Since I have found a few trigonocarpus nuts lately, I decided to go fossil hunting for about 1 hour to see if I could find any more. At first I didn't find anything, but then after 45 minutes I went to the spot where I find most of them, and I found one partial one after 50 minutes and then after 1 hour I found this one, which I believe to be a trigonocarpus nut.
What do you think?
Does anyone like mike know?
It comes from Ossett, West Yorkshire, UK and it's carboniferous in age.
Thanks for any replies
Oh, I forgot to say it is fairly flat because of the pressure of the other rocks and if it is a nut the bark has all gone, like most of them from this location.
Is it a nut at all or could it just be a pebble?
I think I can see three ridges in your photos. That, and the general feeling I get from the photos, leads me to think it is a Trigonocarpus specimen. Yes, one could get a pebble roughly that shape, but if there were any ridges, there would probably just one, encircling it - being a layer of slighter more resistant stone. The three ridges is difficult to explain other than it being a nut such as Trigonocarpus. (Six ridges, similarly - which would be a Hexagonocarpus.)
They are commonly a bit flattened, which would have happened as the sediment slowly became lithified.
They are also found as casts - which would be the same shape as the original but lacking any of the original's internal structure. That would explain your observations of the bark being all gone.
(An internal mould is also possible, but that would be a different shape - the ridges would be much less pronounced.)
For folks unfamiliar with the shape of Trigonocarpus, there's a good illustration of it in cross section in the following eBook (search for 'Fig. 84.'). Also here - http://www.brlsi.org/museum-collections/online-museum/fossils/19080.
Anyone interested in fossil plants would find this book interesting, despite it being a century old
- Ancient Plants, by Marie C. Stopes, 1910
As an eBook from Project Gutenberg, it is free to download. My thanks to the PG team.
You're in a better position to make that decision than me, now that I've given you the info.
But to summarize: if it has three ridges (and especially if you can see them coming together symmetrically at one/both ends), and it is up to a few cm long, it pretty much has to be a fossil nut, and in your location that pretty much means Trigonocarpus.
Ok thanks for the reply. I can see three lines, so I think it is a nut, but it isn't in the best condition. They never seem to be in good condition on the surface- they are only ever in good condition when only a tiny bit of the nut is sticking out of the ground so it hasn't been eroded.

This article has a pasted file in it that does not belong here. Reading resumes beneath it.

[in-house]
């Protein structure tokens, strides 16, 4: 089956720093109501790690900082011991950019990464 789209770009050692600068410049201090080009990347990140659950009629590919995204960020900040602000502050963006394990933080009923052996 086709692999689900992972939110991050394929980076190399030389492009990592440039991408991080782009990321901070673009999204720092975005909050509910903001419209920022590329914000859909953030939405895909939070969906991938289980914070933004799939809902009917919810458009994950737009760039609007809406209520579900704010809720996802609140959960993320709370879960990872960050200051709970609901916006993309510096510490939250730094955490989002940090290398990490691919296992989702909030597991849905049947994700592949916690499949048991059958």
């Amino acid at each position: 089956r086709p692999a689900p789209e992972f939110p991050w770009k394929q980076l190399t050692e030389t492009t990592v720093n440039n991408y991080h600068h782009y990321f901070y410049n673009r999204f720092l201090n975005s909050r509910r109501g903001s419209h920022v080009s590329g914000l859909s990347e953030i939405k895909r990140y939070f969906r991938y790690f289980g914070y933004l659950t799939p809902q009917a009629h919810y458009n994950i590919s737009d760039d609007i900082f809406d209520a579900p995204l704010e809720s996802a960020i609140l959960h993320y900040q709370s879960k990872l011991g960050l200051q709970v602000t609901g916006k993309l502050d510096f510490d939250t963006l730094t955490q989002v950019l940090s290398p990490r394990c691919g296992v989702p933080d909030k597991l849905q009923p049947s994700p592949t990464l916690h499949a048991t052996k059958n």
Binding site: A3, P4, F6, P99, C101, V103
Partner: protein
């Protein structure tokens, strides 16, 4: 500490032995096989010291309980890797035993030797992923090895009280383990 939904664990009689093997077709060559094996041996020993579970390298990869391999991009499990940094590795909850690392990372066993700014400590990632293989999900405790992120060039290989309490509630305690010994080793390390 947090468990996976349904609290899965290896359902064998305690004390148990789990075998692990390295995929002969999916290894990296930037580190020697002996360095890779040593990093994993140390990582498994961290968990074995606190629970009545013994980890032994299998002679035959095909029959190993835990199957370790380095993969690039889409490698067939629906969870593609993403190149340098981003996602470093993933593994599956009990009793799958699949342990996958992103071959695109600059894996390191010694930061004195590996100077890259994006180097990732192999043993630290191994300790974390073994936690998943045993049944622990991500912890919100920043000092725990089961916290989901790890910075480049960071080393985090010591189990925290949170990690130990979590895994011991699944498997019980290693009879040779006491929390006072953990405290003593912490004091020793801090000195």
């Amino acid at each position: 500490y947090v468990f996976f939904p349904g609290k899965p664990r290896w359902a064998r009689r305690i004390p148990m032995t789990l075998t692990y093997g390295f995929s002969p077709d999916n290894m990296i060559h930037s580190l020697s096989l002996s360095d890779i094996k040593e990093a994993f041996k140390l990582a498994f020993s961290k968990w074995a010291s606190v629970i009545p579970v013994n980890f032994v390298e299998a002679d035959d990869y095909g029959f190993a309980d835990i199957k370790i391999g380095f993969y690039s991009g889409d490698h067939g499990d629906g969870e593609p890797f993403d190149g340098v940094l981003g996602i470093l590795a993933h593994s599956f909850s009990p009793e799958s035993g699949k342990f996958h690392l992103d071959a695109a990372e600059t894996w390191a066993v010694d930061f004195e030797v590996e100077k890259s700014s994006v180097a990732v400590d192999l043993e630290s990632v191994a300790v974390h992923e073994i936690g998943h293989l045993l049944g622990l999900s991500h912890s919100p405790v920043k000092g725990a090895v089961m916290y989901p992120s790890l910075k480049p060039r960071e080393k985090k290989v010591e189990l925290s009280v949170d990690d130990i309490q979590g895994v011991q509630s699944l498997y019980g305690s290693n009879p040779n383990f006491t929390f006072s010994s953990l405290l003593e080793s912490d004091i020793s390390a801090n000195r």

I found a better preserved piece today, but it is just the top of it. Could you help me to ID it? It has all of the bark, so this one can't be a cast. It has two visible riges, and one of them ( the one in the middle) has gone because it has broken off. Could you give your opinion on the species?
I'll post an image tomorrow.
Here is the piece I found yesterday. Can you be sure this one is a nut or is it impossible to be sure? It is 2cm, but it isn't the whole thing. It has all of the bark though.
Could this be trigonocarpus and is this one definietly a nut?
This one is quite well preserved.
Is the one which I posted a few weeks ago, which was more complete deffinietly a nut?
The last image is the first one I found and 1,2,3 and 4 are the ones I found yesterday.
I am pretty sure (very rarely can we be definite) that both are Trigonocarpus nuts.
That's going on the shape, the size, the longitudinally striated texture, the location, the geological setting, etc.
From the area where you found them, they are probably T. parkinsoni, but that is more of a statistical ID - since other species tend to come from other parts of the world. But remember, with these sorts of fossils (plant fragments) even now, we don't really have enough of the pieces of the jigsaw to define species reliably. That is why Trigonocarpus (and several other genera) is a 'form genus' rather than a true genus (as I explained in my post a month ago - http://www.nhm.ac.uk/natureplus/message/38380).
Also, as I mentioned in that posting, the NHM has one of the best collections of plant fossils in the world.
...Including T. parkinsoni from the English Coal Measures - http://piclib.nhm.ac.uk/results.asp?image=040054
I strongly suggest you make a trip to have a look at it; you'll need to contact them to arrange the visit.
It is difficult to say for sure without looking at the nuts in thin section under a microscope - to identify the minerals and to see the textures they display. Fossilization never happens in an instant: it is a long drawn-out process. While it is happening, you are dealing with a sub-fossil. You may come across the term permineralization. That also reflects a partly-fossilized state: specifically, when voids have been filled with minerals but the solid parts of the organism are still organic.
I know you'd like a simple yes or no (I can feel it!)
But life, in this case, is not that simple.
I can say that it is quite common for Trigonocarpus to be found in a permineralized state.